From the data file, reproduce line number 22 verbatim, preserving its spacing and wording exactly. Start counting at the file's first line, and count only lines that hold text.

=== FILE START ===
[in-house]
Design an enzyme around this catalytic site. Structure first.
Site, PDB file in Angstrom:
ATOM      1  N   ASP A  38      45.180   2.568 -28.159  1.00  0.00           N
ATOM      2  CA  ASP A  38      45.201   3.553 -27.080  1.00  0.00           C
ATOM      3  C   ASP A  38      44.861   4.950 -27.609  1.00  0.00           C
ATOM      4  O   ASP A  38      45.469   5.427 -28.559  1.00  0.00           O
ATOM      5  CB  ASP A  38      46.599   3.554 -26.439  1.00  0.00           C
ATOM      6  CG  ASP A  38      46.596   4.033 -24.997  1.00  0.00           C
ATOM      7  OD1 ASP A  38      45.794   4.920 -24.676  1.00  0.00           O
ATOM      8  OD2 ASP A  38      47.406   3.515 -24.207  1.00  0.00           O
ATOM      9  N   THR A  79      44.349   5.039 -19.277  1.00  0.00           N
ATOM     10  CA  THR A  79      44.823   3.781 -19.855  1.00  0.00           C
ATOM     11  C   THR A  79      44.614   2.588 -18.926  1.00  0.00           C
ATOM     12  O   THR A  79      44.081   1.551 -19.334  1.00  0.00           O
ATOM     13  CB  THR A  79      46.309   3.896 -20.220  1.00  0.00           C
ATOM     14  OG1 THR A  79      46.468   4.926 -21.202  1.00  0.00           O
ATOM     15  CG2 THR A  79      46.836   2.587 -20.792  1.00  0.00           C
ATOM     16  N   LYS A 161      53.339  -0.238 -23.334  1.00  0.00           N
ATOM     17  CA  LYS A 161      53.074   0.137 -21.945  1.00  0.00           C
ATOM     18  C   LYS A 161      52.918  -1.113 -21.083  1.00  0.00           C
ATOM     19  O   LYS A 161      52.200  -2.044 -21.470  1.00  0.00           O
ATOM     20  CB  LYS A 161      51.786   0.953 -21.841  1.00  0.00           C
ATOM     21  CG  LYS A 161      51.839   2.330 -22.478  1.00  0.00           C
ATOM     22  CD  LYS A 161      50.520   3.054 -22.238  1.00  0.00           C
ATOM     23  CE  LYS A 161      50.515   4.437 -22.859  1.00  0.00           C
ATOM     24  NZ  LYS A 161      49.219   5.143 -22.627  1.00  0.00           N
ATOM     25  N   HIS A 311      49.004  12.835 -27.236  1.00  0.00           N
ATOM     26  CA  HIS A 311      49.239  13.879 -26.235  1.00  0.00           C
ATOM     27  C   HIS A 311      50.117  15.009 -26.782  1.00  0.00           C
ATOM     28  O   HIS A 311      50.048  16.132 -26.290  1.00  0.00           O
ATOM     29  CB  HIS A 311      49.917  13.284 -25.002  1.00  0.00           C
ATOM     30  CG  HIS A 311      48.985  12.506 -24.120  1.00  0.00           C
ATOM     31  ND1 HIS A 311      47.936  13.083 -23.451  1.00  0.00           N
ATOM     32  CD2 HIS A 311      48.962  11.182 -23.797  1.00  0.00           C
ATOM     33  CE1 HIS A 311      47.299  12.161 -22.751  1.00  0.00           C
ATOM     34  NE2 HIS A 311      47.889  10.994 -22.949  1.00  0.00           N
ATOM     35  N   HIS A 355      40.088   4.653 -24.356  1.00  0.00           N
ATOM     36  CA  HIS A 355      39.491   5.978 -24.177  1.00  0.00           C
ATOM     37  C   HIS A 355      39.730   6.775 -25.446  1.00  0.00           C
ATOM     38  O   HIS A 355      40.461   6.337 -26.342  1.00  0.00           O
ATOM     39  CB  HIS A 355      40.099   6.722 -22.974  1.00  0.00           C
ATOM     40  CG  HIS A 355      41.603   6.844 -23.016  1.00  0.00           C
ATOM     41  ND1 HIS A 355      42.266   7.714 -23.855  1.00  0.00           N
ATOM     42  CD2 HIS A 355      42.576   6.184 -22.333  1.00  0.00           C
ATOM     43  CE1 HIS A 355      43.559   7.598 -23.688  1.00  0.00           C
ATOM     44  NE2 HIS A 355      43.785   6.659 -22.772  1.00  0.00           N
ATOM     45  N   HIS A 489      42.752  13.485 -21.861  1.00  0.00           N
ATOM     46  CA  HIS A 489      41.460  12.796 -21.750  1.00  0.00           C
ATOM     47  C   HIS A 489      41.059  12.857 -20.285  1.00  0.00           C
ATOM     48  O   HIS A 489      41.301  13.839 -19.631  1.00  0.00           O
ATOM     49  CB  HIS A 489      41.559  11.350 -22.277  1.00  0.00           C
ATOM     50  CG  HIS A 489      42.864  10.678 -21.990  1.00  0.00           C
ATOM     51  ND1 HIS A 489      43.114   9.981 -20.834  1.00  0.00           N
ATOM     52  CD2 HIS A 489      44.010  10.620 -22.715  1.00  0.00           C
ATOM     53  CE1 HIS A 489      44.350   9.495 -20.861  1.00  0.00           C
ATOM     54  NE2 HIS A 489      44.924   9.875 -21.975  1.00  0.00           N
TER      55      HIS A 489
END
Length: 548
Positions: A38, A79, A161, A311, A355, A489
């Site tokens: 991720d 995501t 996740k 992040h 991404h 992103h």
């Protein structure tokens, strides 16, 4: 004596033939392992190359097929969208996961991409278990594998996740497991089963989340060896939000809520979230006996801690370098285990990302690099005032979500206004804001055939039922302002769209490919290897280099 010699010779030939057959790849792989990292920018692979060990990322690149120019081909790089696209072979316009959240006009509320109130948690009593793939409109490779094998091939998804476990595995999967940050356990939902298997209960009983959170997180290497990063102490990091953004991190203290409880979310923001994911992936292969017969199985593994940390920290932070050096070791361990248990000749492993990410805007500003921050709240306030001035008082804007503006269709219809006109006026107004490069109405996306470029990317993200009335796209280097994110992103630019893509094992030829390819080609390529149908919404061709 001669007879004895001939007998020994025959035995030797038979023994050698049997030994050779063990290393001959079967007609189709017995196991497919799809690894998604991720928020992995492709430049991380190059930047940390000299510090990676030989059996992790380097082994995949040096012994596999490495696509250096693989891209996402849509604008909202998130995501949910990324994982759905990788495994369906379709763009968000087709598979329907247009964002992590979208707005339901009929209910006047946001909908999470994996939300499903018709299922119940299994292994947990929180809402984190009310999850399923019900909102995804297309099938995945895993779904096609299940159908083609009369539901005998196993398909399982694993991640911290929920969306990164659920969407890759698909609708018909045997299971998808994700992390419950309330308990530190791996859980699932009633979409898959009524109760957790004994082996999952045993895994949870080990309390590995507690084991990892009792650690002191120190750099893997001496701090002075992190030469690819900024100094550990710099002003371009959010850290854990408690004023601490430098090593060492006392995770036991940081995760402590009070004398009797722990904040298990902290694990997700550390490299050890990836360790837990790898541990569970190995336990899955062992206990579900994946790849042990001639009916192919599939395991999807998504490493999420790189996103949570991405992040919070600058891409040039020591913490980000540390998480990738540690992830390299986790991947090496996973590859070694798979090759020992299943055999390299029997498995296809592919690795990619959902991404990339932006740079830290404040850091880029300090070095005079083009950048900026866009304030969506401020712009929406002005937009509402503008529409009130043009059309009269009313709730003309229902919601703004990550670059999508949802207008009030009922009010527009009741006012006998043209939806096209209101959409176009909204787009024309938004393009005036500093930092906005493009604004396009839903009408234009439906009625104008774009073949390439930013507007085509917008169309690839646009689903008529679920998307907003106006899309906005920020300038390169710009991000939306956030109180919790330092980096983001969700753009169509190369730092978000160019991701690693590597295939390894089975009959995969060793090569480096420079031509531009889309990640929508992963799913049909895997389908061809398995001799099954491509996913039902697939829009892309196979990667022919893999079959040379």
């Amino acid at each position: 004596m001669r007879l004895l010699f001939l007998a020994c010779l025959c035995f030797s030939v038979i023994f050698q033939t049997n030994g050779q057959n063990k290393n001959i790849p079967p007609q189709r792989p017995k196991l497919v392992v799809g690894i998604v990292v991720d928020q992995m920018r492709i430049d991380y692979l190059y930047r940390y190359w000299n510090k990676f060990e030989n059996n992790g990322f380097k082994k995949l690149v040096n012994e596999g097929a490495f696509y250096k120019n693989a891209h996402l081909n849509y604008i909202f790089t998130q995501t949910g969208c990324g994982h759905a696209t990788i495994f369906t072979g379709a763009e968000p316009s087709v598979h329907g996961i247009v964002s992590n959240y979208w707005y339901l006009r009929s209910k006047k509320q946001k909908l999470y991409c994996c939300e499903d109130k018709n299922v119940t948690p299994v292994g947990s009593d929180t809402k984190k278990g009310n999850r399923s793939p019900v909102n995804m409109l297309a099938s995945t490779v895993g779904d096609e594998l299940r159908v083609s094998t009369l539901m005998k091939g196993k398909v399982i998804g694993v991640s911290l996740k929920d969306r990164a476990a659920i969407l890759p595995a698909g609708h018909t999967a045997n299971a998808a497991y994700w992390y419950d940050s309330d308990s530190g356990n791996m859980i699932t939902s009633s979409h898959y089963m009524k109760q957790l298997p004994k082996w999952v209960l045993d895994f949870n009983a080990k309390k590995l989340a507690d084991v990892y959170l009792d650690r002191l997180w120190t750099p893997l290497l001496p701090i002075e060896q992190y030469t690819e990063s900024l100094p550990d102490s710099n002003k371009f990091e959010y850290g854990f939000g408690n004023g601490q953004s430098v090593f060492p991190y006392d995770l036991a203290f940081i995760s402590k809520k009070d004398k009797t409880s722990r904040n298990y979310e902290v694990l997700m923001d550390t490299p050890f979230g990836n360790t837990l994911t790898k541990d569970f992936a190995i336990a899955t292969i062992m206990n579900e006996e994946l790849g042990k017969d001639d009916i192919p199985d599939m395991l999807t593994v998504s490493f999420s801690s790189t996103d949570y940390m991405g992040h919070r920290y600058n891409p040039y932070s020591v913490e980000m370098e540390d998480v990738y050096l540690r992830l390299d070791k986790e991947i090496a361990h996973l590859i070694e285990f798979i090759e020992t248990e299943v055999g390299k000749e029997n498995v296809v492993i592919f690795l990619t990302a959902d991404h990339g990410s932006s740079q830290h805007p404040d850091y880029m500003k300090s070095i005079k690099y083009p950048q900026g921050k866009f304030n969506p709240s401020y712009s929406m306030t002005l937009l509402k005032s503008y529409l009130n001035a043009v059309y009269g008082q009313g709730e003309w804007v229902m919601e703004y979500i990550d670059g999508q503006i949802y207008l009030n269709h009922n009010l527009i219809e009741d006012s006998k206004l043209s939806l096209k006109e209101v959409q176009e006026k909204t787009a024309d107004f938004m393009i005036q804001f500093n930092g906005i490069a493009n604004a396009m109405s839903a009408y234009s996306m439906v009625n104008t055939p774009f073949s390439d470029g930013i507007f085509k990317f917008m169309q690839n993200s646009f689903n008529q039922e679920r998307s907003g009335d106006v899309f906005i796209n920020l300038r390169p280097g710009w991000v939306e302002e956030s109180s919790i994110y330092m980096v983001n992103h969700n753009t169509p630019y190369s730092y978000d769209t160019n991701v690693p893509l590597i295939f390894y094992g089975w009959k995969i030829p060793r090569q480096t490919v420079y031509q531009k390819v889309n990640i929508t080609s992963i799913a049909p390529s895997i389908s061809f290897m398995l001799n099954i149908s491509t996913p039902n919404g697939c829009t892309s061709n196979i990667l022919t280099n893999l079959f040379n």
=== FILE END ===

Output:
ATOM     19  O   LYS A 161      52.200  -2.044 -21.470  1.00  0.00           O